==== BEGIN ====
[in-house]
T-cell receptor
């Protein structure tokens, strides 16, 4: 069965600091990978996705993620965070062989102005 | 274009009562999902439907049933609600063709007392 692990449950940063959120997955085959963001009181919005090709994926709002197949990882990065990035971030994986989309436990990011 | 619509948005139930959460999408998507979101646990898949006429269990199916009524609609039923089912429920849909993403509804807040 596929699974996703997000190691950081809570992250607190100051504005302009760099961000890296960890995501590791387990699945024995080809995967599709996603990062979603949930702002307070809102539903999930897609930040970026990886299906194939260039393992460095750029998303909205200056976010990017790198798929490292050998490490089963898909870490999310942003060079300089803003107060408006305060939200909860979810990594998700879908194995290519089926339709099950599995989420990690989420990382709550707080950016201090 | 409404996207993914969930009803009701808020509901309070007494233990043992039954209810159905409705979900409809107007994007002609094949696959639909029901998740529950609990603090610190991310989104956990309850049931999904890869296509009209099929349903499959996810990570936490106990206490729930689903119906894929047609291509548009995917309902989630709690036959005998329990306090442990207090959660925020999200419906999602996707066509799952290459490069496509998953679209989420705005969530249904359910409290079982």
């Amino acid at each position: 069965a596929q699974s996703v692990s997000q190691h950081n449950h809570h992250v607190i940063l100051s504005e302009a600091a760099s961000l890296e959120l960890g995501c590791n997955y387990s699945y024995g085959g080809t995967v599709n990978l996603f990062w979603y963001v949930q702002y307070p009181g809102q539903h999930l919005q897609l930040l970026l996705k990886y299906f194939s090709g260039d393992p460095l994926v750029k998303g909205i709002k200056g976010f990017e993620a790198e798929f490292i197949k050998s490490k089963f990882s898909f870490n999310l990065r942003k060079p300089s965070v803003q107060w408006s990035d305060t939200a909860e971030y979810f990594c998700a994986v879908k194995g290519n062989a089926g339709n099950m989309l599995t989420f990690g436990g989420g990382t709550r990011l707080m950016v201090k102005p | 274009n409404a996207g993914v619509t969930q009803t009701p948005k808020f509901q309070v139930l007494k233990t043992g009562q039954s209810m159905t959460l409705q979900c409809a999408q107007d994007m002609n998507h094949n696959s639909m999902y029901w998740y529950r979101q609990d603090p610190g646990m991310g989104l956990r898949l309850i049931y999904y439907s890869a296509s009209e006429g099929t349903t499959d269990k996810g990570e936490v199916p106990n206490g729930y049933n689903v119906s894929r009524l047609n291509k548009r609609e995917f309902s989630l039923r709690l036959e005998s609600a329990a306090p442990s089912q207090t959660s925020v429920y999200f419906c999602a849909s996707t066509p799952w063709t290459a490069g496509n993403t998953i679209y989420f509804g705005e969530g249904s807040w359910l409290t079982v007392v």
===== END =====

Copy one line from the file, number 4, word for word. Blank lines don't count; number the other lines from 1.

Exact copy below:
């Amino acid at each position: 069965a596929q699974s996703v692990s997000q190691h950081n449950h809570h992250v607190i940063l100051s504005e302009a600091a760099s961000l890296e959120l960890g995501c590791n997955y387990s699945y024995g085959g080809t995967v599709n990978l996603f990062w979603y963001v949930q702002y307070p009181g809102q539903h999930l919005q897609l930040l970026l996705k990886y299906f194939s090709g260039d393992p460095l994926v750029k998303g909205i709002k200056g976010f990017e993620a790198e798929f490292i197949k050998s490490k089963f990882s898909f870490n999310l990065r942003k060079p300089s965070v803003q107060w408006s990035d305060t939200a909860e971030y979810f990594c998700a994986v879908k194995g290519n062989a089926g339709n099950m989309l599995t989420f990690g436990g989420g990382t709550r990011l707080m950016v201090k102005p | 274009n409404a996207g993914v619509t969930q009803t009701p948005k808020f509901q309070v139930l007494k233990t043992g009562q039954s209810m159905t959460l409705q979900c409809a999408q107007d994007m002609n998507h094949n696959s639909m999902y029901w998740y529950r979101q609990d603090p610190g646990m991310g989104l956990r898949l309850i049931y999904y439907s890869a296509s009209e006429g099929t349903t499959d269990k996810g990570e936490v199916p106990n206490g729930y049933n689903v119906s894929r009524l047609n291509k548009r609609e995917f309902s989630l039923r709690l036959e005998s609600a329990a306090p442990s089912q207090t959660s925020v429920y999200f419906c999602a849909s996707t066509p799952w063709t290459a490069g496509n993403t998953i679209y989420f509804g705005e969530g249904s807040w359910l409290t079982v007392v």